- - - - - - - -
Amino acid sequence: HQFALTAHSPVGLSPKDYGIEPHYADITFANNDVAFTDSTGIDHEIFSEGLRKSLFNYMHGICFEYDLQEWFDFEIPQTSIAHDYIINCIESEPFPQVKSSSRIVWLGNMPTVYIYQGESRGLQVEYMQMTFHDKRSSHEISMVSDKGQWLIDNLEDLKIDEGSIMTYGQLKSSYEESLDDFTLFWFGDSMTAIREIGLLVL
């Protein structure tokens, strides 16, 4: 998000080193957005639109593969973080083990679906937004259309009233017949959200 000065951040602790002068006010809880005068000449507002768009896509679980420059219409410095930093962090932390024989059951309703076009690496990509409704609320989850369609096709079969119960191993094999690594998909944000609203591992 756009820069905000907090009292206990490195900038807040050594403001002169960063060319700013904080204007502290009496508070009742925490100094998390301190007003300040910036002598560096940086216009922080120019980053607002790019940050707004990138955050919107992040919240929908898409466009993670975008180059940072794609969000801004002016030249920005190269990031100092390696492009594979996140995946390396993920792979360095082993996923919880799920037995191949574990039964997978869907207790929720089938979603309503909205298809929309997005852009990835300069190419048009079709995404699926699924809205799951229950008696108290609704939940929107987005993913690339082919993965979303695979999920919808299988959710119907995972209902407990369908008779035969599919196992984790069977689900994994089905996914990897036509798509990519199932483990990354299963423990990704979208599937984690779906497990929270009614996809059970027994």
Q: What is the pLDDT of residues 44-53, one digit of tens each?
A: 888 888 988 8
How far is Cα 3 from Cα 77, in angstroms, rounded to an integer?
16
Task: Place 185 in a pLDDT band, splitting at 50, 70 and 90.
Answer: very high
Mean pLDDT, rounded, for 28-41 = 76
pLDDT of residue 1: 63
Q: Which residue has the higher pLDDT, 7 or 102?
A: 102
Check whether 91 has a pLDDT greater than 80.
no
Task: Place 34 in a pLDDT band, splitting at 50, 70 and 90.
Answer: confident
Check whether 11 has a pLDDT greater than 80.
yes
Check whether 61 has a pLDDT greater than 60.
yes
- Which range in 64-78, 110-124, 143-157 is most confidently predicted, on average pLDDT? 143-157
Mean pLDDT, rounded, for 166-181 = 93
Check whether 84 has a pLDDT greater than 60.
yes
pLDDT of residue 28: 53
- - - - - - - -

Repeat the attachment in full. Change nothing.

Amino acid sequence: HQFALTAHSPVGLSPKDYGIEPHYADITFANNDVAFTDSTGIDHEIFSEGLRKSLFNYMHGICFEYDLQEWFDFEIPQTSIAHDYIINCIESEPFPQVKSSSRIVWLGNMPTVYIYQGESRGLQVEYMQMTFHDKRSSHEISMVSDKGQWLIDNLEDLKIDEGSIMTYGQLKSSYEESLDDFTLFWFGDSMTAIREIGLLVL
């Protein structure tokens, strides 16, 4: 998000080193957005639109593969973080083990679906937004259309009233017949959200 000065951040602790002068006010809880005068000449507002768009896509679980420059219409410095930093962090932390024989059951309703076009690496990509409704609320989850369609096709079969119960191993094999690594998909944000609203591992 756009820069905000907090009292206990490195900038807040050594403001002169960063060319700013904080204007502290009496508070009742925490100094998390301190007003300040910036002598560096940086216009922080120019980053607002790019940050707004990138955050919107992040919240929908898409466009993670975008180059940072794609969000801004002016030249920005190269990031100092390696492009594979996140995946390396993920792979360095082993996923919880799920037995191949574990039964997978869907207790929720089938979603309503909205298809929309997005852009990835300069190419048009079709995404699926699924809205799951229950008696108290609704939940929107987005993913690339082919993965979303695979999920919808299988959710119907995972209902407990369908008779035969599919196992984790069977689900994994089905996914990897036509798509990519199932483990990354299963423990990704979208599937984690779906497990929270009614996809059970027994």
Q: What is the pLDDT of residues 44-53, one digit of tens each?
A: 888 888 988 8
How far is Cα 3 from Cα 77, in angstroms, rounded to an integer?
16
Task: Place 185 in a pLDDT band, splitting at 50, 70 and 90.
Answer: very high
Mean pLDDT, rounded, for 28-41 = 76
pLDDT of residue 1: 63
Q: Which residue has the higher pLDDT, 7 or 102?
A: 102
Check whether 91 has a pLDDT greater than 80.
no
Task: Place 34 in a pLDDT band, splitting at 50, 70 and 90.
Answer: confident
Check whether 11 has a pLDDT greater than 80.
yes
Check whether 61 has a pLDDT greater than 60.
yes
- Which range in 64-78, 110-124, 143-157 is most confidently predicted, on average pLDDT? 143-157
Mean pLDDT, rounded, for 166-181 = 93
Check whether 84 has a pLDDT greater than 60.
yes
pLDDT of residue 28: 53